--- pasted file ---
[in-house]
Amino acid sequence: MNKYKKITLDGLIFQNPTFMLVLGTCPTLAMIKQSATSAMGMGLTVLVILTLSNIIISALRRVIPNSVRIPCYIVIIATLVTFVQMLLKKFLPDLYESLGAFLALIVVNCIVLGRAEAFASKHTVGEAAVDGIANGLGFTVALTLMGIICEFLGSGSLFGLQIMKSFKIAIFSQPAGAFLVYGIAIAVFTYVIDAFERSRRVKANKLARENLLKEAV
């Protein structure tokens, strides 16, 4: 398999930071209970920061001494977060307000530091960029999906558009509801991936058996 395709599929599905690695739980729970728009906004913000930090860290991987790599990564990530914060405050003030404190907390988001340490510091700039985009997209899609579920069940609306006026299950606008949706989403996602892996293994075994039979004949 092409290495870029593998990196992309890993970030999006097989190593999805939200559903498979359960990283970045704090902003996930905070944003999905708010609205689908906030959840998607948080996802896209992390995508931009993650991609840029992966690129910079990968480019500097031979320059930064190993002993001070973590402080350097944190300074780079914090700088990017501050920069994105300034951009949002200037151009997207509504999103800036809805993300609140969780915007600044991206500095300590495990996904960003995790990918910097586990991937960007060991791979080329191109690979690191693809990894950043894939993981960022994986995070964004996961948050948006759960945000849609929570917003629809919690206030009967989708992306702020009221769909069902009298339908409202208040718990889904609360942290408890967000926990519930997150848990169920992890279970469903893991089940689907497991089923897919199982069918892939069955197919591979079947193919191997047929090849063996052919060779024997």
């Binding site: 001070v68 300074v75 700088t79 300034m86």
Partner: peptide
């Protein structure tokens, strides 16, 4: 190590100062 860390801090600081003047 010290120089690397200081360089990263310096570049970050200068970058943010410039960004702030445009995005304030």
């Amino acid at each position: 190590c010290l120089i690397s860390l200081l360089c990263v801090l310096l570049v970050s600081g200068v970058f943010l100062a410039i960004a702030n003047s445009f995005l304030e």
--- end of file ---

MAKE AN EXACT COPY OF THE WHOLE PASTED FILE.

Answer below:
[in-house]
Amino acid sequence: MNKYKKITLDGLIFQNPTFMLVLGTCPTLAMIKQSATSAMGMGLTVLVILTLSNIIISALRRVIPNSVRIPCYIVIIATLVTFVQMLLKKFLPDLYESLGAFLALIVVNCIVLGRAEAFASKHTVGEAAVDGIANGLGFTVALTLMGIICEFLGSGSLFGLQIMKSFKIAIFSQPAGAFLVYGIAIAVFTYVIDAFERSRRVKANKLARENLLKEAV
């Protein structure tokens, strides 16, 4: 398999930071209970920061001494977060307000530091960029999906558009509801991936058996 395709599929599905690695739980729970728009906004913000930090860290991987790599990564990530914060405050003030404190907390988001340490510091700039985009997209899609579920069940609306006026299950606008949706989403996602892996293994075994039979004949 092409290495870029593998990196992309890993970030999006097989190593999805939200559903498979359960990283970045704090902003996930905070944003999905708010609205689908906030959840998607948080996802896209992390995508931009993650991609840029992966690129910079990968480019500097031979320059930064190993002993001070973590402080350097944190300074780079914090700088990017501050920069994105300034951009949002200037151009997207509504999103800036809805993300609140969780915007600044991206500095300590495990996904960003995790990918910097586990991937960007060991791979080329191109690979690191693809990894950043894939993981960022994986995070964004996961948050948006759960945000849609929570917003629809919690206030009967989708992306702020009221769909069902009298339908409202208040718990889904609360942290408890967000926990519930997150848990169920992890279970469903893991089940689907497991089923897919199982069918892939069955197919591979079947193919191997047929090849063996052919060779024997």
């Binding site: 001070v68 300074v75 700088t79 300034m86």
Partner: peptide
């Protein structure tokens, strides 16, 4: 190590100062 860390801090600081003047 010290120089690397200081360089990263310096570049970050200068970058943010410039960004702030445009995005304030």
């Amino acid at each position: 190590c010290l120089i690397s860390l200081l360089c990263v801090l310096l570049v970050s600081g200068v970058f943010l100062a410039i960004a702030n003047s445009f995005l304030e």